• ECTS

    4 credits

  • Component

    Collège Sciences et Technologies pour l’Energie et l’Environnement (STEE)


The global change due to human activity is increasingly affecting the health of ecosystems and the living conditions for most of living creatures, including human beings. Understanding, predicting and mitigating the response of the global water system in terms of availability, quality and contamination requires to have a bulk knowledge of the water cycle and related hydrological processes.

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To review the main cycles of natural waters across water bodies and atmosphere and documents how humans are altering these cycles.


At the end of the Unit, you should:

  1. be able to understand the temporal and spatial scales involved in the water cycle
  2. understand the functioning of the main water bodies, their interaction and couplings with atmosphere
  3. be able to quantify the main fluxes of water, and how they drive the cycles of other basic elements (in particular carbon)
  4. have a consistent insight on the global change and its consequences on nature and human activities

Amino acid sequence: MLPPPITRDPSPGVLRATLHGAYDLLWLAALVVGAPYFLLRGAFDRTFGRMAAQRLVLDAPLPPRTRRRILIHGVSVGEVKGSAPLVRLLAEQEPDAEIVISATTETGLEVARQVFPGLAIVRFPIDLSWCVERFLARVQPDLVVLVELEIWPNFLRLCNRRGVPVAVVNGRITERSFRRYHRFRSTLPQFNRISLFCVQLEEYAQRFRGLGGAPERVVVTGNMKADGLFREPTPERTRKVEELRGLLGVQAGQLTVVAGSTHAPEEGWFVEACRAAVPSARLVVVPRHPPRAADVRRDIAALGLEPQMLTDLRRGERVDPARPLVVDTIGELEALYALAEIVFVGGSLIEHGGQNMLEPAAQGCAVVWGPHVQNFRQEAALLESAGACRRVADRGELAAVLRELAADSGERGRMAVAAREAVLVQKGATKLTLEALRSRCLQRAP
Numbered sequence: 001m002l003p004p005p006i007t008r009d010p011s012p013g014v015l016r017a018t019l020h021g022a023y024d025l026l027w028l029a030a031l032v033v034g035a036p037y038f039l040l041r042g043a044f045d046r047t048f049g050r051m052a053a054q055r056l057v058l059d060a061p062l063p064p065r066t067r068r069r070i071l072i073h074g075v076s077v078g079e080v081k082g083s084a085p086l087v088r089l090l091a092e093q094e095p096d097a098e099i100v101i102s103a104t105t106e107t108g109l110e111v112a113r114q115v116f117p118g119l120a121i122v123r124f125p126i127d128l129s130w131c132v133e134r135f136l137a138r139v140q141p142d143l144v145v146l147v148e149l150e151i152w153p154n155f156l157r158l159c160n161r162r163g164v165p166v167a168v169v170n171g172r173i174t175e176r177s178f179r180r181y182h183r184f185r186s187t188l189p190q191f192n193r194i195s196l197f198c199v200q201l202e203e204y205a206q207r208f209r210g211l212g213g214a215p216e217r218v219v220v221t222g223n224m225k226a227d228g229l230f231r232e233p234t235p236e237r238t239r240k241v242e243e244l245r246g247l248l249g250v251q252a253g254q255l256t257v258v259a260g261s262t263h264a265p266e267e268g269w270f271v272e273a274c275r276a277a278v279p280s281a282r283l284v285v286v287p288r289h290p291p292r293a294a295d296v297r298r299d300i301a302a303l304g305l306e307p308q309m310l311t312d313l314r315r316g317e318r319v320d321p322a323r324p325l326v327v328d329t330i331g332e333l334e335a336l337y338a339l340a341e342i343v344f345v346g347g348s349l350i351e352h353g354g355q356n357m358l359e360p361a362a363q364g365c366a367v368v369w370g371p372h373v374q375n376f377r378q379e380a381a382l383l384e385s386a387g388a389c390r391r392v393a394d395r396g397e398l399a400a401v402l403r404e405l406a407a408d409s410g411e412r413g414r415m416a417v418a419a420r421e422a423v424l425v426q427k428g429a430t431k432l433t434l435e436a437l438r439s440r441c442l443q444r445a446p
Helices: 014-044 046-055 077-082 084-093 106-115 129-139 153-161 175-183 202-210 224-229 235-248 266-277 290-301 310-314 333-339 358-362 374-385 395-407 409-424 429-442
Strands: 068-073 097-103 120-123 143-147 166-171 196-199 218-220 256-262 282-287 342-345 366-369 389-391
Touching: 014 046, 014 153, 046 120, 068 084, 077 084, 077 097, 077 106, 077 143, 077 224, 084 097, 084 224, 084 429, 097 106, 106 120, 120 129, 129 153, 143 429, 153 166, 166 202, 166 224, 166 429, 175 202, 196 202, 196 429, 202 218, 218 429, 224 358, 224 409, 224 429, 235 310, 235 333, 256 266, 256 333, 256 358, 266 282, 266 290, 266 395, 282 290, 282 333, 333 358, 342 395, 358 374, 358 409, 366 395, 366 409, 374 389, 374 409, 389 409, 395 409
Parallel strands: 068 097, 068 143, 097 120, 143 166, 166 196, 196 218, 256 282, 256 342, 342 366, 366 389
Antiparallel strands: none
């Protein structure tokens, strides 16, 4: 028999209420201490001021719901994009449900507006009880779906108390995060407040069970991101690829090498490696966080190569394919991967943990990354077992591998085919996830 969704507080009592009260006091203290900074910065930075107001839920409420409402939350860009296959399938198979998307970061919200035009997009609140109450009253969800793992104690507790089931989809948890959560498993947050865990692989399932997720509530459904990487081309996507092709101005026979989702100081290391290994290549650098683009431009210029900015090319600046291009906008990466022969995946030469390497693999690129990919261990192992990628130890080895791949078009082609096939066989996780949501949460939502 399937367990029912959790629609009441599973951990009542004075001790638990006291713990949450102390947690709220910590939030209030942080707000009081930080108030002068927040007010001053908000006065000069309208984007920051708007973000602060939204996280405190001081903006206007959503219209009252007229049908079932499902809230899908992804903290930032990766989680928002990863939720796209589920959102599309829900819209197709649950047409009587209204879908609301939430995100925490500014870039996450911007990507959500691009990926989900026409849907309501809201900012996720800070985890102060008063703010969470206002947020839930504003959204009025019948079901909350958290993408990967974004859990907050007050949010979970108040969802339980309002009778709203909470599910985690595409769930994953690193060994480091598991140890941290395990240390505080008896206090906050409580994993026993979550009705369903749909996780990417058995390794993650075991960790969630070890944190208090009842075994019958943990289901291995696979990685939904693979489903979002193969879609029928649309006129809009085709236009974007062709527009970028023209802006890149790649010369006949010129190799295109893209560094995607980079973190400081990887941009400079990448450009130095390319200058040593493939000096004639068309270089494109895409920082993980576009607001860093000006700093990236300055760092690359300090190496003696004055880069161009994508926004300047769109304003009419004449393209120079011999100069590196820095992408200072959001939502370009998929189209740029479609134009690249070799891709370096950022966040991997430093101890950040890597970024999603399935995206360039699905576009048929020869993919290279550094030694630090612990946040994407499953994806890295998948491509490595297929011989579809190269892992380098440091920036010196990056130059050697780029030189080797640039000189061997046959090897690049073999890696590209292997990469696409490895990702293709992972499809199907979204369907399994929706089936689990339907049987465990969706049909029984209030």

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Course parts

  • Hydrology CMLecture15h
  • Hydrology TDTutorial20h

Knowledge check

1st : continuous assessment

  • Written theory examination (50%)
  • Case study and oral presentation (50%)

2nd exam : oral presentation

By completion of University Unit Evaluation Questionnaire by students, annual assessment by Unit Coordinator.

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Topics covered include:

  • Functioning of main water bodies
  • Connection with atmosphere: the coupled climate system
  • Global cycles: water and carbon
  • The Global Change
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At the end of this Unit, you should understand:

  1. the connections between human activities and water cycle
  2. the transformation process in which the global water system is engaged
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  • E. K. Berner and R. A. Berner 2012. Global Environment, Water, Aire and Geochemical cycles, Princeton University Press.
  • Change, I.C., 2007. The physical science basis. Contribution of Working Group 1 to the fourth assessment report of the Intergovernmental Panel on Climate Change, 996.
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